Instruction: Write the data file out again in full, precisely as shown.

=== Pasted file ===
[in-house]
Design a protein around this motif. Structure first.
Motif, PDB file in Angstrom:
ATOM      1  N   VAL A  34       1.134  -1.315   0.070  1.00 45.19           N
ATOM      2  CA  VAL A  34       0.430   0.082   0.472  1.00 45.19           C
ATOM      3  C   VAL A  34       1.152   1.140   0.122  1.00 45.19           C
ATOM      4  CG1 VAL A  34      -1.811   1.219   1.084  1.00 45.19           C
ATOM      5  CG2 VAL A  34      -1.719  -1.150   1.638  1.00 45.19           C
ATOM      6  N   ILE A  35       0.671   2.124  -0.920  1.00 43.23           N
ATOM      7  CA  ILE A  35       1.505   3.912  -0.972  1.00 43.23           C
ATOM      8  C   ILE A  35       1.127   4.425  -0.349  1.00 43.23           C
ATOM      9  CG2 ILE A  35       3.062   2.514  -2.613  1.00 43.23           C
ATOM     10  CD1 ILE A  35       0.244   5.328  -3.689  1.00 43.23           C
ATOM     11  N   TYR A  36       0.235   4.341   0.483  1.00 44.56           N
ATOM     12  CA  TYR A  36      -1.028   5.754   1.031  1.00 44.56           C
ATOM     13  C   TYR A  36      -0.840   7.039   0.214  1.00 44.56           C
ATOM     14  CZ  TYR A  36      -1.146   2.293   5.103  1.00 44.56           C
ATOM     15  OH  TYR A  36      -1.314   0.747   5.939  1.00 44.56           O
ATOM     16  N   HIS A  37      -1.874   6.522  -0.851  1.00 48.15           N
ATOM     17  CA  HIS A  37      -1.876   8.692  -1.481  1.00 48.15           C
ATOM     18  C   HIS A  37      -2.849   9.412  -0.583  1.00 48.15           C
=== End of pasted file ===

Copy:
[in-house]
Design a protein around this motif. Structure first.
Motif, PDB file in Angstrom:
ATOM      1  N   VAL A  34       1.134  -1.315   0.070  1.00 45.19           N
ATOM      2  CA  VAL A  34       0.430   0.082   0.472  1.00 45.19           C
ATOM      3  C   VAL A  34       1.152   1.140   0.122  1.00 45.19           C
ATOM      4  CG1 VAL A  34      -1.811   1.219   1.084  1.00 45.19           C
ATOM      5  CG2 VAL A  34      -1.719  -1.150   1.638  1.00 45.19           C
ATOM      6  N   ILE A  35       0.671   2.124  -0.920  1.00 43.23           N
ATOM      7  CA  ILE A  35       1.505   3.912  -0.972  1.00 43.23           C
ATOM      8  C   ILE A  35       1.127   4.425  -0.349  1.00 43.23           C
ATOM      9  CG2 ILE A  35       3.062   2.514  -2.613  1.00 43.23           C
ATOM     10  CD1 ILE A  35       0.244   5.328  -3.689  1.00 43.23           C
ATOM     11  N   TYR A  36       0.235   4.341   0.483  1.00 44.56           N
ATOM     12  CA  TYR A  36      -1.028   5.754   1.031  1.00 44.56           C
ATOM     13  C   TYR A  36      -0.840   7.039   0.214  1.00 44.56           C
ATOM     14  CZ  TYR A  36      -1.146   2.293   5.103  1.00 44.56           C
ATOM     15  OH  TYR A  36      -1.314   0.747   5.939  1.00 44.56           O
ATOM     16  N   HIS A  37      -1.874   6.522  -0.851  1.00 48.15           N
ATOM     17  CA  HIS A  37      -1.876   8.692  -1.481  1.00 48.15           C
ATOM     18  C   HIS A  37      -2.849   9.412  -0.583  1.00 48.15           C